Spacer Damper Fatigue Testing
Advanced Life Cycle Fatigue Rig for Tyco Electronics
Paul Riley is the MD and software engineer of Computer Controlled Solutions Limited (CCS) and has been alliance member with National Instruments since 1994. He has an extensive physics/electronics/computing background applied to test and production machine control and data acquisition.
The following Compact RIO Hardware
- PCI 7813R
- 4 Slot Expansion Chassis
- cRIO NI9237
- cRIO NI9263
- cRIO NI9421
- cRIO NI9472
- LabView 8.5.1 Professional
- LabView FPGA 8.5.1
- cRIO 2.4.1
Overhead Power Transmission Lines
To provide the following:
- A highly reliable test rig for Lifecycle testing of a new generation of spacer dampers for use on overhead power transmission lines
- An accurate 4 channel load and angle control test system
- Reliable control and monitoring over 20 Million cycles
- Dynamic control of CAM like operations on-the-fly.
The solution was to use National Instruments FPGA based hardware with CCS software design to provide 4 totally independent cycling rigs under the control on a single PC. Very high speed PID control coupled to advanced linear motors ensured accurate control, long life and accurate fault monitoring.
Tyco Electronics UK provide hardware for the overhead line industry. Overhead power cables have their separation maintained using an assortment of dual, triple and quad spacer dampers. These dampers protect the cables from wear and premature fatigue failures, maintaining electrical and mechanical performance during onerous climatic extremes and system faults.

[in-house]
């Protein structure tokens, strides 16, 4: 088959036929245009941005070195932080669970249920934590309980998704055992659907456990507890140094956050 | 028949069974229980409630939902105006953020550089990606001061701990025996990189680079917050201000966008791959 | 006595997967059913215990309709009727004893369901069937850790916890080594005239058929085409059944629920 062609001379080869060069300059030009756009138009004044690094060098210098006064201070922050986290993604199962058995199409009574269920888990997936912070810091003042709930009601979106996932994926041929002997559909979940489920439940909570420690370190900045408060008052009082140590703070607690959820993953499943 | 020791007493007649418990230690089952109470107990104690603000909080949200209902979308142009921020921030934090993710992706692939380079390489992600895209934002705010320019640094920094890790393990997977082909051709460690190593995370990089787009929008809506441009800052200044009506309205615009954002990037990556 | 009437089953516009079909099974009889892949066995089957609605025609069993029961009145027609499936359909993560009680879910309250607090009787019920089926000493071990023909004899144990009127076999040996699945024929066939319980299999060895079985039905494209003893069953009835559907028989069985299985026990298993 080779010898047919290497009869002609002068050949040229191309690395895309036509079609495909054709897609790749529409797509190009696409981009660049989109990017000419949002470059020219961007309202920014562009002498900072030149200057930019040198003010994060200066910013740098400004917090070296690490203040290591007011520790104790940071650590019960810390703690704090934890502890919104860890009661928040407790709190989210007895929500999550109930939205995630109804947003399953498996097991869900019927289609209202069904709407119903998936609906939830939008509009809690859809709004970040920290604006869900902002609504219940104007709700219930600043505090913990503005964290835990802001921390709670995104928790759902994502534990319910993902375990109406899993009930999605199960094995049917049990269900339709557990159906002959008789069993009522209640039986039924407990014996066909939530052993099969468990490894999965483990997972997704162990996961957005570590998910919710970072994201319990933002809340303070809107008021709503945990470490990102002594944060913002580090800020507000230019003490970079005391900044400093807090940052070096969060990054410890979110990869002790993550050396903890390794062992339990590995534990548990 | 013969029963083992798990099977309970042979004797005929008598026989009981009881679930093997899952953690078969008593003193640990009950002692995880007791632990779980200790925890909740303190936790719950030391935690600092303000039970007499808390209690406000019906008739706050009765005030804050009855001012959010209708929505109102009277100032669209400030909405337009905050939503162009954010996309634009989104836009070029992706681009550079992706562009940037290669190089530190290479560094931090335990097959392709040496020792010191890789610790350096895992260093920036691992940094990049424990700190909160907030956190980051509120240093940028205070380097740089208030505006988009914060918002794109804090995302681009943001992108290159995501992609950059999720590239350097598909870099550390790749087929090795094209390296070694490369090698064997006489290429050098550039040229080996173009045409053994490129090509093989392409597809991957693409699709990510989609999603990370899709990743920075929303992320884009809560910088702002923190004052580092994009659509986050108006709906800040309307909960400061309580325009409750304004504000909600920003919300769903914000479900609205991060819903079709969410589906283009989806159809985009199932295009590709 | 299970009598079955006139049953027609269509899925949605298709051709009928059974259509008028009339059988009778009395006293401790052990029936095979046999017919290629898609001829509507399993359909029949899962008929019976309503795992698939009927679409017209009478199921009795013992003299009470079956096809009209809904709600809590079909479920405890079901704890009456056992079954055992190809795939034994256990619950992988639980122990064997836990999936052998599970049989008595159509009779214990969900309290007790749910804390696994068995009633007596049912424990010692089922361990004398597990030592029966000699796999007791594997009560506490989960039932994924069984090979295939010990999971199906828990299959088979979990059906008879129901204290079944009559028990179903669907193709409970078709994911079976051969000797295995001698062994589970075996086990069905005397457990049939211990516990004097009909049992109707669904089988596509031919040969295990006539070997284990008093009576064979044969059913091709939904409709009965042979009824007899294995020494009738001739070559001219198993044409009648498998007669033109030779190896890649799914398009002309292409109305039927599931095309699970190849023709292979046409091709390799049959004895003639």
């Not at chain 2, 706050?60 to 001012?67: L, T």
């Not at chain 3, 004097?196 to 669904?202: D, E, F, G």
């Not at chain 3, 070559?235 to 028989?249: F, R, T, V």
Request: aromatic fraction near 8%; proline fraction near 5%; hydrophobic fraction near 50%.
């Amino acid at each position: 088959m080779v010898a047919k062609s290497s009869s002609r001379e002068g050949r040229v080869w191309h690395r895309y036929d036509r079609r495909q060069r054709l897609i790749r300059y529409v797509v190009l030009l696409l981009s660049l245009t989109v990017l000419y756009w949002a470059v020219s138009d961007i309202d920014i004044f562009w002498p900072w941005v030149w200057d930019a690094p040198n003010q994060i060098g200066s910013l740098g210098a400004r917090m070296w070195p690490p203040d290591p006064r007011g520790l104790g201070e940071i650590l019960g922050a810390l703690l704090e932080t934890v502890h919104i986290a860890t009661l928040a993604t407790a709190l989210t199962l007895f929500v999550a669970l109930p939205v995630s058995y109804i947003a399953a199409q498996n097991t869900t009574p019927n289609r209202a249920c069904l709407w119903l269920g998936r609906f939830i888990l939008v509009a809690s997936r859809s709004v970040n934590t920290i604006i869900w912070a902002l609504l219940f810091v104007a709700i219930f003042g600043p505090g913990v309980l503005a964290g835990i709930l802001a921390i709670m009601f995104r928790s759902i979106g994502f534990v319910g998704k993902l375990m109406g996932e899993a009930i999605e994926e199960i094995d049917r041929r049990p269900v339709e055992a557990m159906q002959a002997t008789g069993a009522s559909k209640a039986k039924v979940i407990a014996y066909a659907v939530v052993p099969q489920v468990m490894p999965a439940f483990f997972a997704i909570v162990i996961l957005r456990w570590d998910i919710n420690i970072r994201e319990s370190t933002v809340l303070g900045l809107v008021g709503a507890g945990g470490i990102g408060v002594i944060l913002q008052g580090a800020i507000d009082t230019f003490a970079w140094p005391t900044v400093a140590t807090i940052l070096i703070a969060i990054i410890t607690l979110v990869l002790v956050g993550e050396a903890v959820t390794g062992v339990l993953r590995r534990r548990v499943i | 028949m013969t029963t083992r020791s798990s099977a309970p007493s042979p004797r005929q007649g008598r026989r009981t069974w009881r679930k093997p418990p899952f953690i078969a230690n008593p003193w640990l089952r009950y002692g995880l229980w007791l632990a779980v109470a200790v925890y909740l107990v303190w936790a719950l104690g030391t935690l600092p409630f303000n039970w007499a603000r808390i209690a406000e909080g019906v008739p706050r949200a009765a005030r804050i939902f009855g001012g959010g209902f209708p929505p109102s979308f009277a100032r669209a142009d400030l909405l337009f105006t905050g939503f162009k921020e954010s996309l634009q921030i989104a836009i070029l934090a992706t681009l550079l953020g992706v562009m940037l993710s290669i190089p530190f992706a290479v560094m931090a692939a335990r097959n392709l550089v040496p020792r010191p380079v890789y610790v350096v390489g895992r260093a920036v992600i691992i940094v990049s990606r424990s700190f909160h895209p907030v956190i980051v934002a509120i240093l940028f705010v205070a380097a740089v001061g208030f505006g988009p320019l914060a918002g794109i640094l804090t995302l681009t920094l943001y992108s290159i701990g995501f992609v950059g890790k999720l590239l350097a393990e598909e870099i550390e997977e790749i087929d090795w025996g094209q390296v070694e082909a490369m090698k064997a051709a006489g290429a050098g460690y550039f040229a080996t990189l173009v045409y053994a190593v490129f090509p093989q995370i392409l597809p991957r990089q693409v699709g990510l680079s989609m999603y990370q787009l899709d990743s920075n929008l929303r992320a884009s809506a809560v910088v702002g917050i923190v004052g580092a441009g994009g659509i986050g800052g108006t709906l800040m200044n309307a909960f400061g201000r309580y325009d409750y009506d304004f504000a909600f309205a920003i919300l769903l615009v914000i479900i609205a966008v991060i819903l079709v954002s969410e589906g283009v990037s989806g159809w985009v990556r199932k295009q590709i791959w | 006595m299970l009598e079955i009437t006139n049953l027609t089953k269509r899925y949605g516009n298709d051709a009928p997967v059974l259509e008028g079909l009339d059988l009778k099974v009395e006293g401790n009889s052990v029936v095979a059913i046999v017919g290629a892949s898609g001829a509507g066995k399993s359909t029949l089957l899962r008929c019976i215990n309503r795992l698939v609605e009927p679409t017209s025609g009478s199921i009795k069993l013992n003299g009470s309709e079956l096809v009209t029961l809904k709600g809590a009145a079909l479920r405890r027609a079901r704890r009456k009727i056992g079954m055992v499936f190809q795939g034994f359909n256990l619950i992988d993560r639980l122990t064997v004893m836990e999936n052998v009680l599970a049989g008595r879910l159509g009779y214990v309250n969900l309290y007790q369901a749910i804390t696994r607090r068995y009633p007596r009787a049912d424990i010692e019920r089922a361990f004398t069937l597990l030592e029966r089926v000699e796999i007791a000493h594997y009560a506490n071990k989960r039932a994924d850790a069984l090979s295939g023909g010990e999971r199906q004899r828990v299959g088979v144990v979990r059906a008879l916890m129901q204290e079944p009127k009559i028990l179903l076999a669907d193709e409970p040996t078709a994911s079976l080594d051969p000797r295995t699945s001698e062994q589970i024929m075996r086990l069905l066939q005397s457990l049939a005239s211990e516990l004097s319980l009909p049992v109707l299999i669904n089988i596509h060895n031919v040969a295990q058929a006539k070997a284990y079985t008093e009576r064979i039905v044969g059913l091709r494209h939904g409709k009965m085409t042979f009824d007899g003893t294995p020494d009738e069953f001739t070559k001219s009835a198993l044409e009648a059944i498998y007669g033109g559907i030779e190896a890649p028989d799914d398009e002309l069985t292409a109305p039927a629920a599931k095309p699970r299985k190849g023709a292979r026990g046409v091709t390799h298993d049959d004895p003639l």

The new generation of quad and triple spacer dampers are undergoing development by Tyco Electronics and will form part of a long-term programme to upgrade the UK power transmission network over the next decade. Key to the service requirement is the ability to offer an operating life of at least 25 years, without maintenance or loss of performance. Life cycle testing is therefore a crucial part of this testing. A defined set of tests have to be followed involving the oscillation of the damper arms at known frequencies, forces and angular displacements. Historically this testing has been carried out by oscillating the damper arms using an AC motor on a CAM arrangement.
Computer Controlled Solutions Ltd provided a more advanced solution with the use of National Instruments software and hardware plus linear motors from Parker SSD. By combining the FPGA technology with a linear drive system we could accurately control, monitor and acquire data on four independent test rigs. In addition, without the CAM type system the amplitude of oscillations could easily be controlled without stopping to alter the CAM radius.